Iroquois Industries, Inc. v. Lewis

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318 A.2d 134 (1974)

IROQUOIS INDUSTRIES, INC., a Delaware corporation, Defendant Below, Appellant (who was sued with Scotten, Dillon Company, a Delaware corporation), v. Harry LEWIS, Plaintiff Below, Appellee.

Supreme Court of Delaware.

March 25, 1974.

Louis J. Finger, Richards, Layton & Finger, Wilmington, for defendant below, appellant.

Irving Morris and Joseph A. Rosenthal, Cohen, Morris & Rosenthal, Wilmington, and Leonard I. Schreiber, New York City, of counsel, for plaintiff below, appellee.

CAREY, Justice, and TAYLOR and WRIGHT, Judges, sitting.


In this derivative stockholders' action, the defendant corporation appeals from the award of a counsel fee to the plaintiff.

The Court below held that Fox, who was President and Board Chairman of Iroquois, and who negotiated the deal with Scotten, Dillon Company, had a very substantial financial personal advantage to gain by the transaction; wherefore the situation called for the fullest disclosure on his part, which was not made. It further held that the cancellation of the deal by Scotten, Dillon Company did not deprive plaintiff of his right to a counsel fee, if there was "reasonable hope" of success in this case, even if the cancellation was not induced by the present litigation. Chrysler Corporation v. Dann, Del.Supr., 223 A.2d 384 (1966). It then held that the record herein demonstrated a triable issue of fraud under 8 Del.C. ยง 152, and that "given the significant difference in `value' on the respective sides (as shown by the market prices for shares), the key position of Fox in the negotiation and his failure to disclose his special interest", the plaintiff had shown a reasonable hope of ultimate success.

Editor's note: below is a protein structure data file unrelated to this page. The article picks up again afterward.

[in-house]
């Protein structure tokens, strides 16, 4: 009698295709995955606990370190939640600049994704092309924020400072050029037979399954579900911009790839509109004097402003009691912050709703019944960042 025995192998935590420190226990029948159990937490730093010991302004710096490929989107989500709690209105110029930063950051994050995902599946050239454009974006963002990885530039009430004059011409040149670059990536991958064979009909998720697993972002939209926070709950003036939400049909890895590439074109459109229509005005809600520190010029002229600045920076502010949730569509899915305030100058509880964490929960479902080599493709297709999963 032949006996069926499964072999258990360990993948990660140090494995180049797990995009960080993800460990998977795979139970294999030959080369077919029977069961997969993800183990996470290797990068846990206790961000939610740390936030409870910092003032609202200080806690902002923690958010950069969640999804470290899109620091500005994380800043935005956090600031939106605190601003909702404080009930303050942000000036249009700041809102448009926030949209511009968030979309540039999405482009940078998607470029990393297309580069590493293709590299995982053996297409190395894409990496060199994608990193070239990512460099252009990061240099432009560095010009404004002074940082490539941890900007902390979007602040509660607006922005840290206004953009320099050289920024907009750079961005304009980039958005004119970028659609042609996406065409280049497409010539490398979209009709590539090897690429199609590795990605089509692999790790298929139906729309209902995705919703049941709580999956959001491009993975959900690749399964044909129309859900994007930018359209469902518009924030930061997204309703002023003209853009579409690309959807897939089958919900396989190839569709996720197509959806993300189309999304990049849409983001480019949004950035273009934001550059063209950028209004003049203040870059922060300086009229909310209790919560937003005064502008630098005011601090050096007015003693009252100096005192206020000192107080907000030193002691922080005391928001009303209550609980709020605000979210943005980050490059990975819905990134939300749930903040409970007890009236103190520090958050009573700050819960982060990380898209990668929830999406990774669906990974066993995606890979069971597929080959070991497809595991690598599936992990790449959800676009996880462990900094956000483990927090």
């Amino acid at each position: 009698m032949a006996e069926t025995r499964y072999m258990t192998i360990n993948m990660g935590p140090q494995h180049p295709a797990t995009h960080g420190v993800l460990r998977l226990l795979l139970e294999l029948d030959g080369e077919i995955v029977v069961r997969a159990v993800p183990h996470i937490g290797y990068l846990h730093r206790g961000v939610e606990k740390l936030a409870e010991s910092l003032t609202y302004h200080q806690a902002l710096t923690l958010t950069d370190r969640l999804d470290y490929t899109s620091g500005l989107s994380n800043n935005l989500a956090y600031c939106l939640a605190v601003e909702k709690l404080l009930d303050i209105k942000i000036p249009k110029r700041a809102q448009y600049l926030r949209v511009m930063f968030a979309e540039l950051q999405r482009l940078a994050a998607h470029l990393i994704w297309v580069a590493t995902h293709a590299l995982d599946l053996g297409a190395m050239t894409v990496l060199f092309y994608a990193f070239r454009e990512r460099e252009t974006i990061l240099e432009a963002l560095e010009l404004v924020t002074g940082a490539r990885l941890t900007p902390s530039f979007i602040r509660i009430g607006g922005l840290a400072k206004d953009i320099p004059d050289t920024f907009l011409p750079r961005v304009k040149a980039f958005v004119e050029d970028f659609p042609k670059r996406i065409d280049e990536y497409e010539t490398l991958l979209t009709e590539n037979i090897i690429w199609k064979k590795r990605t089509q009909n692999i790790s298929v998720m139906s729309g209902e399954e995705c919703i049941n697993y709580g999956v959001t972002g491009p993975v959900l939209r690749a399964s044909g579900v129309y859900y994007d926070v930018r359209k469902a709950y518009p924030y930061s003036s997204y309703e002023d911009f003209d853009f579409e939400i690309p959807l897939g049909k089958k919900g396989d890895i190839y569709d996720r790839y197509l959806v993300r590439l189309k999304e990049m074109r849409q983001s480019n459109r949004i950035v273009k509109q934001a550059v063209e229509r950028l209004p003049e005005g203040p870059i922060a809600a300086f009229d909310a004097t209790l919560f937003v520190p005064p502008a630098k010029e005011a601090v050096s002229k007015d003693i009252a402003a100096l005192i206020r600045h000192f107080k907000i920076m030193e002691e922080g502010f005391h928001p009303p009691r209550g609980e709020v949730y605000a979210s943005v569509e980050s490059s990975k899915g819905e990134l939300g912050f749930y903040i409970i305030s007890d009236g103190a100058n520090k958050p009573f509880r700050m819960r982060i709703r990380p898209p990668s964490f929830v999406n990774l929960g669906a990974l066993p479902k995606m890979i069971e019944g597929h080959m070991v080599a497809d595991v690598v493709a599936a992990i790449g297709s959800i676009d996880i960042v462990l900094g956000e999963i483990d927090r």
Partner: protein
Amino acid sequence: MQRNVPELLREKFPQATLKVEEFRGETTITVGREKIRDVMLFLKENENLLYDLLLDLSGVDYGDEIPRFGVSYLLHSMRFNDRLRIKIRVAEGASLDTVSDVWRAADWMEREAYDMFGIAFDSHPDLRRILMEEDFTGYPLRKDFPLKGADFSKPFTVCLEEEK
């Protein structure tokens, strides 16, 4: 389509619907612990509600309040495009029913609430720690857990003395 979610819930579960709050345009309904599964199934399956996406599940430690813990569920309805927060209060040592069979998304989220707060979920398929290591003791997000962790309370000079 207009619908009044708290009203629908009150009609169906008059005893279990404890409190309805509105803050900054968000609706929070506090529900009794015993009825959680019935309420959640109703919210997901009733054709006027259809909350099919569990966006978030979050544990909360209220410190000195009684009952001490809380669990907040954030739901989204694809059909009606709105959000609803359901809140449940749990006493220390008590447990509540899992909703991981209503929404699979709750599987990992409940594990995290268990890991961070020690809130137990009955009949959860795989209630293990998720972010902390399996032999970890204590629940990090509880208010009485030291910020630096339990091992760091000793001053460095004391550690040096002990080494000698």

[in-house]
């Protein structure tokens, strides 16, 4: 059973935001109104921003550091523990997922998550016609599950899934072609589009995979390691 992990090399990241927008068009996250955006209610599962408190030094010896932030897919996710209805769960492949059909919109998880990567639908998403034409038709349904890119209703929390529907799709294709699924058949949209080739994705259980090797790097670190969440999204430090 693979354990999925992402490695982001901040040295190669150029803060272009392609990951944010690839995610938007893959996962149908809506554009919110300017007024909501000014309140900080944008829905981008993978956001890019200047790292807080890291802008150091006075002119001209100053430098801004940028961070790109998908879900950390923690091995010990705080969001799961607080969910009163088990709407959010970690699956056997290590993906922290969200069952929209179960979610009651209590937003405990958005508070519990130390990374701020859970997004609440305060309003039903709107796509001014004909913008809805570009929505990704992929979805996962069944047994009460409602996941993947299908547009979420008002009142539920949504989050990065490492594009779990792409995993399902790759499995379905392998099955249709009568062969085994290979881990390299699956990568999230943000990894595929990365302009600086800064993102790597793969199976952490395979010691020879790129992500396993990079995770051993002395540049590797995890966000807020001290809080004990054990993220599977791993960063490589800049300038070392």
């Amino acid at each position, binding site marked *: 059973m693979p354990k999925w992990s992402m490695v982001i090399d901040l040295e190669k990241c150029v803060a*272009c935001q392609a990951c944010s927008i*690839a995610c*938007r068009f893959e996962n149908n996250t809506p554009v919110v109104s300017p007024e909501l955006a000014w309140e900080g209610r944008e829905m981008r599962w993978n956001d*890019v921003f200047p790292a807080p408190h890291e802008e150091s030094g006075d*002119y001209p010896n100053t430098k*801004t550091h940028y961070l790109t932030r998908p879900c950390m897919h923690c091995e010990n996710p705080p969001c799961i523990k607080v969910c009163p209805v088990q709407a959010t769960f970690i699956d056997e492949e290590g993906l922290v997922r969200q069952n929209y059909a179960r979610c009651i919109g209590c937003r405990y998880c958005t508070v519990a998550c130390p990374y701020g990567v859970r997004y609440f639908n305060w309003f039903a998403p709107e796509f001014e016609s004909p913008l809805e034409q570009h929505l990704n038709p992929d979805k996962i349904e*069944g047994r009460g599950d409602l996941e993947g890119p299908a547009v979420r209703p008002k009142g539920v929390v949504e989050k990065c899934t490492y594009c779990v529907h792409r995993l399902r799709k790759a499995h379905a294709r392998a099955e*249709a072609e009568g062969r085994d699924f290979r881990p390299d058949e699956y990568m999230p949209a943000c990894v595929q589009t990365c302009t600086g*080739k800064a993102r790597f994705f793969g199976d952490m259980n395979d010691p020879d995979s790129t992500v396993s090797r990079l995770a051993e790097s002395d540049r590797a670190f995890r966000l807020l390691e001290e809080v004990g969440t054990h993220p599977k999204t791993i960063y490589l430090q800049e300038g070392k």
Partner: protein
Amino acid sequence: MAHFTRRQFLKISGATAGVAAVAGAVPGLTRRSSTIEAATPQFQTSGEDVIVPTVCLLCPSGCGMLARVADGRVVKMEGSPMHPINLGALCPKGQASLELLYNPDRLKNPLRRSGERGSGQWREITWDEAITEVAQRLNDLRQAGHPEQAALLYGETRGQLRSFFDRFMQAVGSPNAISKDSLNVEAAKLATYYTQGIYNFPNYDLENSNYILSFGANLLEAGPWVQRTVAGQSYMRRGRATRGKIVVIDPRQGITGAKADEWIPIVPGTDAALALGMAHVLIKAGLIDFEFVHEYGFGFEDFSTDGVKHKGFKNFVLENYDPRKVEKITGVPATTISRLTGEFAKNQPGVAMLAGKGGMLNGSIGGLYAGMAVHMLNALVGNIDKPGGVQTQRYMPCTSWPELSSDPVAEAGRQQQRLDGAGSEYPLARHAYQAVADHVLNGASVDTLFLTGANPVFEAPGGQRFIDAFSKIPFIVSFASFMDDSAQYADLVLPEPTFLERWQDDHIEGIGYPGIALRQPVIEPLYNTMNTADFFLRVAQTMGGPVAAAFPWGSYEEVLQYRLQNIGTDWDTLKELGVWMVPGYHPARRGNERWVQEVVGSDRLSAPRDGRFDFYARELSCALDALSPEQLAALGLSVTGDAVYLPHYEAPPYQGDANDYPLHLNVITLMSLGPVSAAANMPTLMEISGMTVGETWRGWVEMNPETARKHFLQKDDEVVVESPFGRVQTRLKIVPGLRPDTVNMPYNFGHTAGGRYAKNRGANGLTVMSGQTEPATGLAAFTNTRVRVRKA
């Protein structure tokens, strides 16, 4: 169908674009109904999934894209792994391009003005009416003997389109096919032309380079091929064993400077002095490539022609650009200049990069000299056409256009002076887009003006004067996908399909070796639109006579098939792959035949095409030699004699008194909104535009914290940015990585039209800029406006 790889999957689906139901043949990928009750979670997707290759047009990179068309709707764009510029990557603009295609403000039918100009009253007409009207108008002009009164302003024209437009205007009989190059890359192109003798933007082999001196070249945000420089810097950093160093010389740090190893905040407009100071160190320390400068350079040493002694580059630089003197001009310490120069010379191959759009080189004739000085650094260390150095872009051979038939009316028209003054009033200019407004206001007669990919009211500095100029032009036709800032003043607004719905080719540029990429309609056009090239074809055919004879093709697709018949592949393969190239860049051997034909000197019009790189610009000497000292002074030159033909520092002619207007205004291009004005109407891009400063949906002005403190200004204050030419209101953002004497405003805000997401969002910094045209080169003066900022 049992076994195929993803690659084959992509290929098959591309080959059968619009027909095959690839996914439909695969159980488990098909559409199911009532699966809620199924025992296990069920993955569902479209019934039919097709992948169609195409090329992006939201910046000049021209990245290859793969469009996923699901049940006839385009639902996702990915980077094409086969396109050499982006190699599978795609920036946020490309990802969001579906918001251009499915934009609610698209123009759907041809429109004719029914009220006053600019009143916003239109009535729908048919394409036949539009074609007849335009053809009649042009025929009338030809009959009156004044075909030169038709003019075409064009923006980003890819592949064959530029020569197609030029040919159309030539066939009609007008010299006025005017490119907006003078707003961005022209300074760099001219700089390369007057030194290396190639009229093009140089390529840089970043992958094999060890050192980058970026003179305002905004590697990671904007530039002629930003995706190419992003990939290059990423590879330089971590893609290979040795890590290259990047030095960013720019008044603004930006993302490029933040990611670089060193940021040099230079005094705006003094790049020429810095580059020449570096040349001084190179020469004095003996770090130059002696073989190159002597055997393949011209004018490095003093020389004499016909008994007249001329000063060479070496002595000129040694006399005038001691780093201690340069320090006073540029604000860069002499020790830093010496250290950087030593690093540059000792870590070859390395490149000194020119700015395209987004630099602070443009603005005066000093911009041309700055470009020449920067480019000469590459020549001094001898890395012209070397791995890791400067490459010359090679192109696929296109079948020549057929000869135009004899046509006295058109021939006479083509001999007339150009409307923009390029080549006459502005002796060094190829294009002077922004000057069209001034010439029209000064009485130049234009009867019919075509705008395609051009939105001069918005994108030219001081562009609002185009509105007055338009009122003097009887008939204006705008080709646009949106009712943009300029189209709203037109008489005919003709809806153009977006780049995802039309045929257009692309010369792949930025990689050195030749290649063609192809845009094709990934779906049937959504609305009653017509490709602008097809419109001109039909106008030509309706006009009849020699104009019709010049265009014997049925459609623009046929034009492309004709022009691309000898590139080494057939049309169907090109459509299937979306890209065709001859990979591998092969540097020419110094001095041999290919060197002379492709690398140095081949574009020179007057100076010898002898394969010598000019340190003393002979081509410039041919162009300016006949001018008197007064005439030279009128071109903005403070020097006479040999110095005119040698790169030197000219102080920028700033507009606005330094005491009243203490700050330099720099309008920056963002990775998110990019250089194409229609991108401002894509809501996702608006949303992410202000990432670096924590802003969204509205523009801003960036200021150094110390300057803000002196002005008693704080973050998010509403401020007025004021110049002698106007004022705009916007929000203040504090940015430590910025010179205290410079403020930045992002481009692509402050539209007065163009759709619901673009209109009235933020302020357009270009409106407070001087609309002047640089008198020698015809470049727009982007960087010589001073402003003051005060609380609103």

The speed with which the defendants withdrew after the filing of the complaint from the transaction which was under attack renders the traditional requirements with respect to pleadings less significant because plaintiff was not afforded *135 opportunities to amend the pleadings which are customarily available. See McDonnell Douglas Corporation v. Palley, Del.Supr., 310 A.2d 635 (1973).

It is our conclusion, after a review of the record, that there was adequate reason for the allowance of attorneys' fees. We further hold that the amount allowed ($25,000.00) is not unreasonable under the circumstances.


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